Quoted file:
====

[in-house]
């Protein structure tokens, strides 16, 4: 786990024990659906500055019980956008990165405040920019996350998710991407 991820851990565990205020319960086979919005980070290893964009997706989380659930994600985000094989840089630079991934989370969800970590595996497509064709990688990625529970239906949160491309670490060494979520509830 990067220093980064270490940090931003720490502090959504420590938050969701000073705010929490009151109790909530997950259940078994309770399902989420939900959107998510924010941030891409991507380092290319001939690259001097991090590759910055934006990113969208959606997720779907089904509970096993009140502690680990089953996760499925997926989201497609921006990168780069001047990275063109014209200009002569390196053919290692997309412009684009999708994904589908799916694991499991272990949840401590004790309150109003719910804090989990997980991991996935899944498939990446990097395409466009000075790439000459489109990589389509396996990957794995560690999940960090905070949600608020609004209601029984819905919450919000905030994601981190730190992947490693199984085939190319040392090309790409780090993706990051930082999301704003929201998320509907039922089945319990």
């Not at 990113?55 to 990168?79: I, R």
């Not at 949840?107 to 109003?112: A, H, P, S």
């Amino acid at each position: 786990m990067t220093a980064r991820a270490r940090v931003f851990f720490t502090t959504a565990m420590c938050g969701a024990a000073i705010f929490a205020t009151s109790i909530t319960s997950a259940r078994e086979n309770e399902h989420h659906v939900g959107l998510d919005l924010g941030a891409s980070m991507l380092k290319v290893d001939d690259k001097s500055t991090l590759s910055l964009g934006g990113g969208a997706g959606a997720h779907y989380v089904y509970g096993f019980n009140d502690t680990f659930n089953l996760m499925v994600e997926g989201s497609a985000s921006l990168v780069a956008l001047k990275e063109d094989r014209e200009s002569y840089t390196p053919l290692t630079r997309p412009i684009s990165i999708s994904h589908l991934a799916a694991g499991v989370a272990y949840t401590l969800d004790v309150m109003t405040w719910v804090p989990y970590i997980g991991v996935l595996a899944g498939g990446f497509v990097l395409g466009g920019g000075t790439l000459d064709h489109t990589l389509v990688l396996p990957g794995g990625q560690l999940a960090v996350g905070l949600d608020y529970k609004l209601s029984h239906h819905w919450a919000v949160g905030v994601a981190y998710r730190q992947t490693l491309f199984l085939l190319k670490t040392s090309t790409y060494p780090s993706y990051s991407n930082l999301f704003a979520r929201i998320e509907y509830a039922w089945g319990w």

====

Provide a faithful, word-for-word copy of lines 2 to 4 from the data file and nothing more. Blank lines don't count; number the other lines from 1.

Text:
């Protein structure tokens, strides 16, 4: 786990024990659906500055019980956008990165405040920019996350998710991407 991820851990565990205020319960086979919005980070290893964009997706989380659930994600985000094989840089630079991934989370969800970590595996497509064709990688990625529970239906949160491309670490060494979520509830 990067220093980064270490940090931003720490502090959504420590938050969701000073705010929490009151109790909530997950259940078994309770399902989420939900959107998510924010941030891409991507380092290319001939690259001097991090590759910055934006990113969208959606997720779907089904509970096993009140502690680990089953996760499925997926989201497609921006990168780069001047990275063109014209200009002569390196053919290692997309412009684009999708994904589908799916694991499991272990949840401590004790309150109003719910804090989990997980991991996935899944498939990446990097395409466009000075790439000459489109990589389509396996990957794995560690999940960090905070949600608020609004209601029984819905919450919000905030994601981190730190992947490693199984085939190319040392090309790409780090993706990051930082999301704003929201998320509907039922089945319990």
């Not at 990113?55 to 990168?79: I, R």
């Not at 949840?107 to 109003?112: A, H, P, S």